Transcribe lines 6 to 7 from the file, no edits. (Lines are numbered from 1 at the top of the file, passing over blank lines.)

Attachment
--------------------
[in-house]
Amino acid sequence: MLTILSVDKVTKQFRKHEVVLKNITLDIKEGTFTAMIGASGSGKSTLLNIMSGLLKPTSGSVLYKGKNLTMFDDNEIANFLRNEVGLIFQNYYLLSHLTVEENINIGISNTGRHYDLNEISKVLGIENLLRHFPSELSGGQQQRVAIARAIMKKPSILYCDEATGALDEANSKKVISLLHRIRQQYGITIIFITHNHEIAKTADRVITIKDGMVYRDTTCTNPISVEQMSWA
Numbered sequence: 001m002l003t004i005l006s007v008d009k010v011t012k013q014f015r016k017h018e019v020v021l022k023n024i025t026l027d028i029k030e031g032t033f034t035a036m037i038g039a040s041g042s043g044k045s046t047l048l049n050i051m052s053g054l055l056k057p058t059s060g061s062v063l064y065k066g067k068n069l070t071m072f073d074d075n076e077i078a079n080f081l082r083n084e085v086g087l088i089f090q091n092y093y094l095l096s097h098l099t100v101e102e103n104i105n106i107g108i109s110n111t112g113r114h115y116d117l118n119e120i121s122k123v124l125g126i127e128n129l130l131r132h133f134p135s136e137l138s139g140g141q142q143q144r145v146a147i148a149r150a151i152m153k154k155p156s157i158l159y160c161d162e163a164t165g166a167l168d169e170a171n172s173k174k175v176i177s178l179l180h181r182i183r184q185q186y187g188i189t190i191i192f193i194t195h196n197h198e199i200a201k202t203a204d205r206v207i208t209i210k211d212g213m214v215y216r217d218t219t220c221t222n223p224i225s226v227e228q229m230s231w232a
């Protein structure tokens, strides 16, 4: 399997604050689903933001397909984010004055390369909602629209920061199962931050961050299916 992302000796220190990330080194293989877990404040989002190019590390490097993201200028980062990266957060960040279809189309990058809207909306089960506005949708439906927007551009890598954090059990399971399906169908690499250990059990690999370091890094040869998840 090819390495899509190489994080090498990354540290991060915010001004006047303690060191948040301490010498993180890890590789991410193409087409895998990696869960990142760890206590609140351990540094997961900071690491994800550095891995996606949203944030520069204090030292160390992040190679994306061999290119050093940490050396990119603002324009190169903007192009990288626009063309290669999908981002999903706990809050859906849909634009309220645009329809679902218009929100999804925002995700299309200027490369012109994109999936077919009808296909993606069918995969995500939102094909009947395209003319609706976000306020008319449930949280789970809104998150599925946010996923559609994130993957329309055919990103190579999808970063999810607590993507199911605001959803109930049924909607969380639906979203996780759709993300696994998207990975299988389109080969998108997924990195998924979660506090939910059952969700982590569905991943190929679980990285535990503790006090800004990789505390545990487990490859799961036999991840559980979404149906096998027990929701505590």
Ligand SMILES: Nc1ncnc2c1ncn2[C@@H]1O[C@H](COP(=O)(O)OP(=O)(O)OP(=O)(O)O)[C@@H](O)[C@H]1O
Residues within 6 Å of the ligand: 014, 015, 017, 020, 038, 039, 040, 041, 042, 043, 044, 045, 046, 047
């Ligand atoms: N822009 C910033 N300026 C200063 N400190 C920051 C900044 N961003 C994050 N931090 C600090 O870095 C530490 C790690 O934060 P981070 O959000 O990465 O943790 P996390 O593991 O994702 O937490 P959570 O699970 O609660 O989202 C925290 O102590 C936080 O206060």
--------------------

Residues within 6 Å of the ligand: 014, 015, 017, 020, 038, 039, 040, 041, 042, 043, 044, 045, 046, 047
């Ligand atoms: N822009 C910033 N300026 C200063 N400190 C920051 C900044 N961003 C994050 N931090 C600090 O870095 C530490 C790690 O934060 P981070 O959000 O990465 O943790 P996390 O593991 O994702 O937490 P959570 O699970 O609660 O989202 C925290 O102590 C936080 O206060």